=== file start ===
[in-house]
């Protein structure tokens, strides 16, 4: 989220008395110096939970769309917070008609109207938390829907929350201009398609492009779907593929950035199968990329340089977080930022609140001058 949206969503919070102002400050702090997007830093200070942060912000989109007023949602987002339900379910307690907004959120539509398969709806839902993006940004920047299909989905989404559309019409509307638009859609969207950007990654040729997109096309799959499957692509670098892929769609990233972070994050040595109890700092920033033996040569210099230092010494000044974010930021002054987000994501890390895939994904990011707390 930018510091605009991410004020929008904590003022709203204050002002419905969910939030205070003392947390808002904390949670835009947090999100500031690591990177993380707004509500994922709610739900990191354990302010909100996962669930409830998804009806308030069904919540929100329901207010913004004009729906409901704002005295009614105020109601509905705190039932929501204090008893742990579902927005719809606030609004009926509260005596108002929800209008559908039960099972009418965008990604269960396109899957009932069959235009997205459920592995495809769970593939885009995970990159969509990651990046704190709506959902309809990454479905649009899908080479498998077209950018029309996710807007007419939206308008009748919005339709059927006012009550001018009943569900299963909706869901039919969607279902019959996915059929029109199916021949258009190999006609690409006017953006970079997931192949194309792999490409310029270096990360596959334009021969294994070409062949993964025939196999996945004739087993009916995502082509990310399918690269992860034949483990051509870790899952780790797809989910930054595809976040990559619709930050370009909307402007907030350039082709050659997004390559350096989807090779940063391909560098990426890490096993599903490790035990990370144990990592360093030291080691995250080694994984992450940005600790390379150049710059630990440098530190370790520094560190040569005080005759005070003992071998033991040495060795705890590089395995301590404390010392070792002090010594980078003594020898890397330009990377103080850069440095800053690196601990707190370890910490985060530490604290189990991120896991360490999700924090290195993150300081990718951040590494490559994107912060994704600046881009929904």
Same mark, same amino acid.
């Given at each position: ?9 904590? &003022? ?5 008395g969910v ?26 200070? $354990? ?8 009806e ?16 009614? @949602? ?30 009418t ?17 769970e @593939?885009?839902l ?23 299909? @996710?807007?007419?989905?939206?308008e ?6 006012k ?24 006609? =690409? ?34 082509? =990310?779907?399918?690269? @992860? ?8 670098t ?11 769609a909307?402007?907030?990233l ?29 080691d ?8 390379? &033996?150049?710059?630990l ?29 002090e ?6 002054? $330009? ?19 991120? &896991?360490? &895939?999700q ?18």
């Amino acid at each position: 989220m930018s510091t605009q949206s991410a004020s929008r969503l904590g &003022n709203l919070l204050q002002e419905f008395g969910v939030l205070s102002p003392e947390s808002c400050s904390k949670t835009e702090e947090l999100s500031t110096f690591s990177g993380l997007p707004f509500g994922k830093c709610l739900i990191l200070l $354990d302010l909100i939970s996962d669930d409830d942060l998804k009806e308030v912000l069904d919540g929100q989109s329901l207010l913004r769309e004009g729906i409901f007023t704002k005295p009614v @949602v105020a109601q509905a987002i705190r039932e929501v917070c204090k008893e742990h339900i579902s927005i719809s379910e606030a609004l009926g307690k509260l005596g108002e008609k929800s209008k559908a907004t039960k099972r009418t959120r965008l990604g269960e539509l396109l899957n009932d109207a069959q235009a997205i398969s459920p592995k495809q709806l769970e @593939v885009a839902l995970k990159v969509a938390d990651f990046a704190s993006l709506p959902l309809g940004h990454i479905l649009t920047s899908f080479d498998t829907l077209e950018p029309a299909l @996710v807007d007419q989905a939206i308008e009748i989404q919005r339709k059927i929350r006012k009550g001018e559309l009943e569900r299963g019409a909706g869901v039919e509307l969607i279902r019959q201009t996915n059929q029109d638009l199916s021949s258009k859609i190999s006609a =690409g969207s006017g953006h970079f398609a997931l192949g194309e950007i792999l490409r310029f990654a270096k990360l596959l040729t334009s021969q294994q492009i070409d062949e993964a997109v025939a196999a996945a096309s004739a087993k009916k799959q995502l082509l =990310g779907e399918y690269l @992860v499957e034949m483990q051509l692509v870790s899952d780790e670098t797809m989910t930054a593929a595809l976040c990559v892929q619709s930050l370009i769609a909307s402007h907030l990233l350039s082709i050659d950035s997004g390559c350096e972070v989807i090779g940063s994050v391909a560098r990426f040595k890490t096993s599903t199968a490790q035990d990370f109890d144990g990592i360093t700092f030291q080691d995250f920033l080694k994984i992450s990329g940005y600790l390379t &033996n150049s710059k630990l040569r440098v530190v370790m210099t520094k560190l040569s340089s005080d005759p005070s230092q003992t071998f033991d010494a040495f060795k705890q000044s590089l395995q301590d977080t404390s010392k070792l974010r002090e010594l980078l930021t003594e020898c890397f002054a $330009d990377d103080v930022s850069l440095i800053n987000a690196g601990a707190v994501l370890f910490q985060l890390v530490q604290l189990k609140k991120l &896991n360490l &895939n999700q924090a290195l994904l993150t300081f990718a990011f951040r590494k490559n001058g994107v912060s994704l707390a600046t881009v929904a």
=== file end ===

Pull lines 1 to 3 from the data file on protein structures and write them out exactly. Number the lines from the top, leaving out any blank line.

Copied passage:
[in-house]
């Protein structure tokens, strides 16, 4: 989220008395110096939970769309917070008609109207938390829907929350201009398609492009779907593929950035199968990329340089977080930022609140001058 949206969503919070102002400050702090997007830093200070942060912000989109007023949602987002339900379910307690907004959120539509398969709806839902993006940004920047299909989905989404559309019409509307638009859609969207950007990654040729997109096309799959499957692509670098892929769609990233972070994050040595109890700092920033033996040569210099230092010494000044974010930021002054987000994501890390895939994904990011707390 930018510091605009991410004020929008904590003022709203204050002002419905969910939030205070003392947390808002904390949670835009947090999100500031690591990177993380707004509500994922709610739900990191354990302010909100996962669930409830998804009806308030069904919540929100329901207010913004004009729906409901704002005295009614105020109601509905705190039932929501204090008893742990579902927005719809606030609004009926509260005596108002929800209008559908039960099972009418965008990604269960396109899957009932069959235009997205459920592995495809769970593939885009995970990159969509990651990046704190709506959902309809990454479905649009899908080479498998077209950018029309996710807007007419939206308008009748919005339709059927006012009550001018009943569900299963909706869901039919969607279902019959996915059929029109199916021949258009190999006609690409006017953006970079997931192949194309792999490409310029270096990360596959334009021969294994070409062949993964025939196999996945004739087993009916995502082509990310399918690269992860034949483990051509870790899952780790797809989910930054595809976040990559619709930050370009909307402007907030350039082709050659997004390559350096989807090779940063391909560098990426890490096993599903490790035990990370144990990592360093030291080691995250080694994984992450940005600790390379150049710059630990440098530190370790520094560190040569005080005759005070003992071998033991040495060795705890590089395995301590404390010392070792002090010594980078003594020898890397330009990377103080850069440095800053690196601990707190370890910490985060530490604290189990991120896991360490999700924090290195993150300081990718951040590494490559994107912060994704600046881009929904």
Same mark, same amino acid.